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It’s Time to Be Alone and Lonely No More

By Noelle Nelson July 21, 2023 Lifestyle

“Social Connectivity” is science-language for a simple and obvious experience, that of connecting with others. We humans are, like it or not, fundamentally social creatures. Even introverts, such as myself, need to interact with others – just not at the pace or in the quantity enjoyed by extraverts.

The Health Risks of Loneliness

In fact, social connectivity is so important to our health and well-being, that without it, we languish. We don’t do well at all. Research shows that lonely patients experience a four times greater risk for hospital readmission within a year of discharge. Not only that, but feeling lonely is associated with twice the risk of Alzheimer’s disease.

In addition, studies show that socially isolated seniors have a 64 percent increased risk of developing clinical dementia (of which Alzheimer’s is a specific type), as well as a 32 percent increased risk of stroke and 29 percent increased risk of coronary artery disease. Not to mention that social isolation also tends to result in more emergency room visits, hospitalizations and nursing home placements.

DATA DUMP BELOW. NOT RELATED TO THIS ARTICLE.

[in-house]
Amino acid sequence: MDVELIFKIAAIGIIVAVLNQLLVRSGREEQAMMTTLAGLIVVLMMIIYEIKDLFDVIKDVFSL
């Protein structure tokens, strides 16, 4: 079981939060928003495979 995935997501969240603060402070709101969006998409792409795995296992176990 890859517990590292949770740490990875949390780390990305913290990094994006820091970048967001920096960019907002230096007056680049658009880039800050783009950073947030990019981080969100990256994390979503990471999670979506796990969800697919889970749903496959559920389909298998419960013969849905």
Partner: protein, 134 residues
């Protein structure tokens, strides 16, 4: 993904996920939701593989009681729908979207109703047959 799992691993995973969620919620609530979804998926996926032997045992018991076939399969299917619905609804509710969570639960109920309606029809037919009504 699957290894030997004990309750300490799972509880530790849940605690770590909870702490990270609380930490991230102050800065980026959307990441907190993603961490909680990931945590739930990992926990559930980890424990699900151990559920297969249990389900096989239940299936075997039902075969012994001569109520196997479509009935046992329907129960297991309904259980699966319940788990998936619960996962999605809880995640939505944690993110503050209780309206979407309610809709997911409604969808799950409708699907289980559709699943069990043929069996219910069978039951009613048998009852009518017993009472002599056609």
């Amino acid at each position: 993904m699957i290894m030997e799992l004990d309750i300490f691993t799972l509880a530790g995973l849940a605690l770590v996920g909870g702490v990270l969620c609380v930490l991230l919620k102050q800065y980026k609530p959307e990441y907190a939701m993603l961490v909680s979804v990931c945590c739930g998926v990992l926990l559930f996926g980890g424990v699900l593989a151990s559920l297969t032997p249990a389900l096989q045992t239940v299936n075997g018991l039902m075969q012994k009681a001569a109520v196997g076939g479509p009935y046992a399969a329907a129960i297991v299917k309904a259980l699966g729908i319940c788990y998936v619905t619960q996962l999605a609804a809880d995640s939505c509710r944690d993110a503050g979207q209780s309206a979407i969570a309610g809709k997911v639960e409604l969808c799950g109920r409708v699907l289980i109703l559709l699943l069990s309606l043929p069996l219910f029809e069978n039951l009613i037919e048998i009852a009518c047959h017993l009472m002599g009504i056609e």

Not a pretty picture. All engendered by the lack of connecting with others, which considering how many of us inhabit the planet, surely can be overcome now that we are allowed, for the most part, to again meet and greet in person.

Take advantage of the rebound effect of the pandemic’s ending. Many of us, forced into solitude by virtue of Covid restrictions, have recognized just how important social connectivity is to our day-to-day well-being, and are now yearning to connect with others.

This is a prime time to find activities or hobbies done in concert with other people. The stigma or shame that can sometimes be associated with feeling lonely, or being alone, has – at least for now – vanished. We all have been alone and lonely this past year.

This does not mean it’s time to find a new spouse/partner, or re-connect on a deeper level with your current mate, although certainly both can be wonderful options. Social connectivity has to do with connecting beyond one’s mate or immediate family, to that “family” that exists outside your own.

Finding Ways to Connect

There are umpteen opportunities to connect with others: book clubs, walking groups, art classes, music groups, gyms, tennis groups, dance classes, bridge clubs and more. Whatever your interests or inclinations, there is bound to be a group or class that caters to them. Plus, the added bonus of the Internet provides easy ways to find what might appeal to you.

Volunteering is another terrific way to connect. It could be volunteering at an animal shelter, tutoring young ones at a local school, or lending a hand at a nearby hospital or homeless shelter. In addition to connecting with others, volunteering has the added benefit of supporting your health and longevity.

Look for opportunities to connect that aren’t “one-shot deals.” For example, running a marathon is a fantastic adventure and certainly involves many others, but training for it can be an individual effort – unless you team up with a group of people happy to train together.